"Every year I bury a couple hundred of my townspeople." So opens
this singular and wise testimony. Like all poets, inspired by
death, Thomas Lynch is, unlike others, also hired to bury the dead
or to cremate them and to tend to their families in a small
Michigan town where he serves as the funeral director. In the
conduct of these duties he has kept his eyes open, his ear tuned to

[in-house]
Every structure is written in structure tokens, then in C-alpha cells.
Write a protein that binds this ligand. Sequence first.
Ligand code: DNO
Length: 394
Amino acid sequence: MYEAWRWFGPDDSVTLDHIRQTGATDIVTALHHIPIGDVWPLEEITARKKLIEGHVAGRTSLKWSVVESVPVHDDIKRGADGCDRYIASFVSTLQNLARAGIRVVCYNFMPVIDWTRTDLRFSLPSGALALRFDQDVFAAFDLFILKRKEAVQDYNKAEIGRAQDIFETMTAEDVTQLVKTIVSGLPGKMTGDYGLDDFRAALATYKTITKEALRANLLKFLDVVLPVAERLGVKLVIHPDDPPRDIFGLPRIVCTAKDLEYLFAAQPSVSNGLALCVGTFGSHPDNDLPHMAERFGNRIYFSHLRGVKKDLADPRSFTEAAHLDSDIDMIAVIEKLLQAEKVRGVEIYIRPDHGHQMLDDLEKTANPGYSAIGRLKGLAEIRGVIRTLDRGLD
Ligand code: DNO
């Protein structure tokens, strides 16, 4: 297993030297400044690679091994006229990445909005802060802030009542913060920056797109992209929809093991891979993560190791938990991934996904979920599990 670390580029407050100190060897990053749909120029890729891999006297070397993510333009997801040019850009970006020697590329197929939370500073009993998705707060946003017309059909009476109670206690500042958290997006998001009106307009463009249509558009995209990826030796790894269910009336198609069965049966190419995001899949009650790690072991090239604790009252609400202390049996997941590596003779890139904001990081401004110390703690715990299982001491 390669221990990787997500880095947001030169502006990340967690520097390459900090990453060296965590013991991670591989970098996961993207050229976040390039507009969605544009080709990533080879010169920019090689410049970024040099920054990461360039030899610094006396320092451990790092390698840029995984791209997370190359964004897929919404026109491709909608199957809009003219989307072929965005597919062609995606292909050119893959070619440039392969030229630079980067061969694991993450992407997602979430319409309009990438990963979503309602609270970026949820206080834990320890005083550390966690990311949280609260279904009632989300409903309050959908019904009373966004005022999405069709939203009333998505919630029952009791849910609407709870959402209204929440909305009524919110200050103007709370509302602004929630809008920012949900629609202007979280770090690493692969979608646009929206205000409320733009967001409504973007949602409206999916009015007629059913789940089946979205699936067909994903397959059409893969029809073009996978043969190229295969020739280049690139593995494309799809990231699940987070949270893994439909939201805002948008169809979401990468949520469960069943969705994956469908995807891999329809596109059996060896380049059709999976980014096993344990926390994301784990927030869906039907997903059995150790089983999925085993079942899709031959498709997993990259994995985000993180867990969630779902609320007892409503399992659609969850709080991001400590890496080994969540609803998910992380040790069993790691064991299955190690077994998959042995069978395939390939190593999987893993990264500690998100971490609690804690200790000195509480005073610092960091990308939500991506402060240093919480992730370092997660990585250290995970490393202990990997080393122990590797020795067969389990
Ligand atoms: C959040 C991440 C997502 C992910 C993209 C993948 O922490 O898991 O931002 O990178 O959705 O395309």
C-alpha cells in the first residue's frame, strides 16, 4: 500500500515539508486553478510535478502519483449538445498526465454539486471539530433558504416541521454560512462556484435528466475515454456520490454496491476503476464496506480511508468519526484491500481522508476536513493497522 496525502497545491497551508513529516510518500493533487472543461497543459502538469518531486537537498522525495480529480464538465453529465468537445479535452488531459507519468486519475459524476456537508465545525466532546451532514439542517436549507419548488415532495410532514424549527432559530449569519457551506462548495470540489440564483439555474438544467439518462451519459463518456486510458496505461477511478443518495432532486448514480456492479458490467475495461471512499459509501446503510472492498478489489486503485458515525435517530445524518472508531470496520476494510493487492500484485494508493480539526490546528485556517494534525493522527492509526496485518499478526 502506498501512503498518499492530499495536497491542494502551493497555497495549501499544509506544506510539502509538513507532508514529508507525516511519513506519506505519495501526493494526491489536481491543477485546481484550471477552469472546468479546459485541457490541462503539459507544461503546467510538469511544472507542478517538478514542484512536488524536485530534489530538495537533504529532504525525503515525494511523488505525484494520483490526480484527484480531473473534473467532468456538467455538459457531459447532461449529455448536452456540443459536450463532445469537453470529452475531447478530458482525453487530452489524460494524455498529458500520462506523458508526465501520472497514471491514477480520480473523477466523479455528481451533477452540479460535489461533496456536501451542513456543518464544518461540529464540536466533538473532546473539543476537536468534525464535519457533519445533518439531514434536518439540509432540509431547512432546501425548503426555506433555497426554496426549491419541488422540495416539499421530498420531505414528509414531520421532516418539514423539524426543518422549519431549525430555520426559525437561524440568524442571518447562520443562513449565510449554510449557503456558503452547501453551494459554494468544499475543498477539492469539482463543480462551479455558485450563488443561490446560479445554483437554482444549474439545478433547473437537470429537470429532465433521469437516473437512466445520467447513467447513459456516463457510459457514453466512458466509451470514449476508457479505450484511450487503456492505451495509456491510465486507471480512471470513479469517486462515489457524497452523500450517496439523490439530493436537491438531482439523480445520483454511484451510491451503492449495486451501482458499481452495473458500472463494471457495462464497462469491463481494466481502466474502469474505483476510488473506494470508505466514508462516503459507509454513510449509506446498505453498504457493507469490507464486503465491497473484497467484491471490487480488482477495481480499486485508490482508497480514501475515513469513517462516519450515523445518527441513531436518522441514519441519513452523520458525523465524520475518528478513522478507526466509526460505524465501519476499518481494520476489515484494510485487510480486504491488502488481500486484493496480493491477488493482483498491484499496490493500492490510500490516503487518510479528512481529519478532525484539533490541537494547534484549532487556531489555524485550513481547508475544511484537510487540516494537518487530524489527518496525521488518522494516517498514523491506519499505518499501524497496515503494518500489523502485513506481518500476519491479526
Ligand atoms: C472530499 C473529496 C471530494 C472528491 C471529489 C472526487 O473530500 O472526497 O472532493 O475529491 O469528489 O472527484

the indispensable vernaculars of love and grief. In these twelve
pieces his is the voice of both witness and functionary. Here,
Lynch, poet to the dying, names the hurts and whispers the
condolences and shapes the questions posed by this familiar
mystery. So here is homage to parents who have died and to children
who shouldn't have. Here are golfers tripping over grave markers,
gourmands and hypochondriacs, lovers and suicides. These are the
lessons for life our mortality teaches us.
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